Chip Kelly is not only returning to college football. He'll also get an opportunity to beat his old team.
Kelly signed a five-year, $23.3 million contract with the UCLA Bruins, which also includes a $9 million reciprocal buyout. The deal is worth an average of $4.66 million per season – twice as much as the Bruins paid for Kelly's predecessor, Jim Mora Jr., who signed a five-year, $11.235 million deal six years ago.
Kelly, who coached at Oregon from 2009 to 2012, didn't have the same level of success in the pros as he did at the college level. There was talk about whether he'd stay in the NFL as an offensive coordinator or if he'd hop back to college and have his pick of any number of open head coach positions.
UCLA usually finds itself struggling in the coaching carousel, hiring coaches who either have ties to the school or who are secondary or tertiary options. To get their first choice within a week of firing Mora is both rare and impressive.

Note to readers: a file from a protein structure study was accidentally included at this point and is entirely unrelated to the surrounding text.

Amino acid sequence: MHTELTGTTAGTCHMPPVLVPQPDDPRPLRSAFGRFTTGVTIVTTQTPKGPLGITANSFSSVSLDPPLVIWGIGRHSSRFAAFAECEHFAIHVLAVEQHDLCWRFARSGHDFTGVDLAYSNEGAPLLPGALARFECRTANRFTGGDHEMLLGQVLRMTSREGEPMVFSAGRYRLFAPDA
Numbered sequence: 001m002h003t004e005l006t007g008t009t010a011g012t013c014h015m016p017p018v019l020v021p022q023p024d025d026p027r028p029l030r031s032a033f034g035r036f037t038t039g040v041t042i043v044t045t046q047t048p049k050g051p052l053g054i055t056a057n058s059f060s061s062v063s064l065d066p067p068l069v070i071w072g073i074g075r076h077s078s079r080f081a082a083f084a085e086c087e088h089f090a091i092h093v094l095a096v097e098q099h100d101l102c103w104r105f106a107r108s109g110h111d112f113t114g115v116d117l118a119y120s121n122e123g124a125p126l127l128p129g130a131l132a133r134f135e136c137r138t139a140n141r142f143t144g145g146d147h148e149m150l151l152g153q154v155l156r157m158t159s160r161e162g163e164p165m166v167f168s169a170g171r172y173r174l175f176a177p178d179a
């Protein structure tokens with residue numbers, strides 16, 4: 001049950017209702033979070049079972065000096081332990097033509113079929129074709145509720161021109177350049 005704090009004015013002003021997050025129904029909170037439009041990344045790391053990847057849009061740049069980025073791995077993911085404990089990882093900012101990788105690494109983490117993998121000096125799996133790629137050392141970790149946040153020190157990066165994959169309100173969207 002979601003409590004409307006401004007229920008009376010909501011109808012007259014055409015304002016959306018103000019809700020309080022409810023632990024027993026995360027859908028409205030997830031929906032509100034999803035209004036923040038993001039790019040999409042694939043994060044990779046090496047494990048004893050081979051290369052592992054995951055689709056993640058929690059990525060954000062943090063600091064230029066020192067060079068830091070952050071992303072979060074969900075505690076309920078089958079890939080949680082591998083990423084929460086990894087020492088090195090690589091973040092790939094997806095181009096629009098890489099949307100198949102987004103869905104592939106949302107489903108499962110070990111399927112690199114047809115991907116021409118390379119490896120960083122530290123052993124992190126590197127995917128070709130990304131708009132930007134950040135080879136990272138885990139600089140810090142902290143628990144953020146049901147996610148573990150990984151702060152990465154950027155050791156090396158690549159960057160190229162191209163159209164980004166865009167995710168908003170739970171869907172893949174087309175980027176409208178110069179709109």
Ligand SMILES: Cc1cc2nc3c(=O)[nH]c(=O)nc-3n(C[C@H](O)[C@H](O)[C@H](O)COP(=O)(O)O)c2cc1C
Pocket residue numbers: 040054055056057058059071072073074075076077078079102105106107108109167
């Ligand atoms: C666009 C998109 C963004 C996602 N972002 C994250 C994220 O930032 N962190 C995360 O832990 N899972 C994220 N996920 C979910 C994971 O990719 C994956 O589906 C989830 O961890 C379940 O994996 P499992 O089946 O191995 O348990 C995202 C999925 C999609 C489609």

The Bruins are thrilled, naturally, but there's another group that may be just as happy: the San Francisco 49ers.
Kelly coached just one season in San Francisco, finishing with a dreadful 2-14 record. He was fired at the end of the 2016 season but had signed a four-year deal with the team. The Niners were still on the hook for the rest of his salary. Now, they just need to pay $4.5 million of the remaining $12 million left on the deal.
With how this season has gone for the Niners, it's a welcome break.
Remarkably, Kelly's new deal means he's signed 20 years and $100.5 million worth of contracts just since 2010. He hasn't actually earned that much thanks to offsetting clauses in his contract, but it's still a massive amount of money.
Now, the Bruins are hoping Kelly can bring his exciting high-octane offense to Los Angeles and help the team contend for a national title.